DO AS I SAY, NOT AS I DID: Astros interim manager (and former Red Sox first baseman) Cecil Cooper gets animated on the subject of walks -- specifically, his pitchers walking opposing batters -- because ''[we] can't defend if a guy walks . . . Walks fuel rallies.'' (Houston Chronicle) Interesting comments from a man whose lone weakness during a prominent big-league career was that he didn't walk enough, keeping his lifetime on-base percentage at a so-so .337 despite a sterling career batting average of .298.
TOBACCO ADDICTION: Terry Francona -- who lost Larry Lucchino's challenge to refrain from chewing tobacco this season -- and Curt Schilling are mentioned in this interesting story from the Newark Star-Ledger about how many players are addicted to snuff. Our own Steven Krasner did an award-winning series on the dangers of tobacco in baseball about 10 years ago.
QUICKLY: With the Tigers needing the miracle of miracles to overtake the Yankees and get into the playoffs, they've decided to play it safe with Jeremy Bonderman (Detroit News) . . . Mark Buerhle is also shutting it down for the season, and the Chicago Sun-Times says it's because he won a bet with the White Sox: If he nabbed a bear on a hunt with teammates Jim Thome, Jermaine Dye and A.J. Pierzynski, he wouldn't have to pitch again. He did, and the Chisox kept their word . . . The Tigers may have interest in Miguel Tejada if the Orioles decide to move him (Detroit News) . . . The Pirates reportedly will name Neil Huntington as their new general manager (Pittsburgh Post-Gazette) . . . C.J. Wilson is making his pitch to be the Rangers' closer (Dallas Morning News) . . . Jay Mariotti is proud that the Columbia Journalism Review detailed the kind of Bush administration-like smear campaign professional sports franchises (like the White Sox) administer against journalists (like him) (Chicago Sun-Times).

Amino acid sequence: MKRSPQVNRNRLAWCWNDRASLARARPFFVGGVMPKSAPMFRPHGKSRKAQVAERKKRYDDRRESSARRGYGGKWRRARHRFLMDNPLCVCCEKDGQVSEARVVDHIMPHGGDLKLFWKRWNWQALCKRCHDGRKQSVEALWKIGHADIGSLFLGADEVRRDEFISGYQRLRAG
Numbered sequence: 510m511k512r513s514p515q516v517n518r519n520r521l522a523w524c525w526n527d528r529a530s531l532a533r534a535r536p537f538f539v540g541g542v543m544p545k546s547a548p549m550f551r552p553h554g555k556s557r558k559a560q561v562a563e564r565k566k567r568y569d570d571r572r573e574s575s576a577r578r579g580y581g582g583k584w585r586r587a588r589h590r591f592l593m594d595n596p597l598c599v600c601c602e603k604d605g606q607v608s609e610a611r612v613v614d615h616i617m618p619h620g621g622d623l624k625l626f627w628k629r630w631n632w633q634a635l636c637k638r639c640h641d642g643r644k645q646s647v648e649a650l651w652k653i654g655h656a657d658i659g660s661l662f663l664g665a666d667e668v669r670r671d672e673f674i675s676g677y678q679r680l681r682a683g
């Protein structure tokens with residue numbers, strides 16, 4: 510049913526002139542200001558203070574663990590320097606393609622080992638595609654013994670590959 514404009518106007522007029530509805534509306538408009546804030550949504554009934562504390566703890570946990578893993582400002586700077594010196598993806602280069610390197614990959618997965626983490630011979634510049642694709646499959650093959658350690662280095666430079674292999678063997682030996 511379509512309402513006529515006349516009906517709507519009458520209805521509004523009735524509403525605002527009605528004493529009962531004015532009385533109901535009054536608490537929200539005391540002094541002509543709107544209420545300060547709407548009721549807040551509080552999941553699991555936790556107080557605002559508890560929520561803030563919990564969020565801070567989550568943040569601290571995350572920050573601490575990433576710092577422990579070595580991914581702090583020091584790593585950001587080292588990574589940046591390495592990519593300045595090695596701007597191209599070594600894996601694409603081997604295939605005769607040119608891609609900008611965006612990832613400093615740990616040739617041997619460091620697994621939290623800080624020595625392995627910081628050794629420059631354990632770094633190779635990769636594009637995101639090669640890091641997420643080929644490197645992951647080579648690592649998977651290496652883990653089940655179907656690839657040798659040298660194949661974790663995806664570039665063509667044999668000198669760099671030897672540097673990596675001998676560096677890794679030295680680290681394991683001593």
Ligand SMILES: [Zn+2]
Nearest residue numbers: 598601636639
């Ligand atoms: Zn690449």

OLD FRIENDS: Ex-NESN announcer Debbie Wrobleski, now known as Debbie Taylor, will be back with the Nationals' television broadcast crew next season in the Tina Cervasio role. (Call of the Game blog)
-- ART MARTONE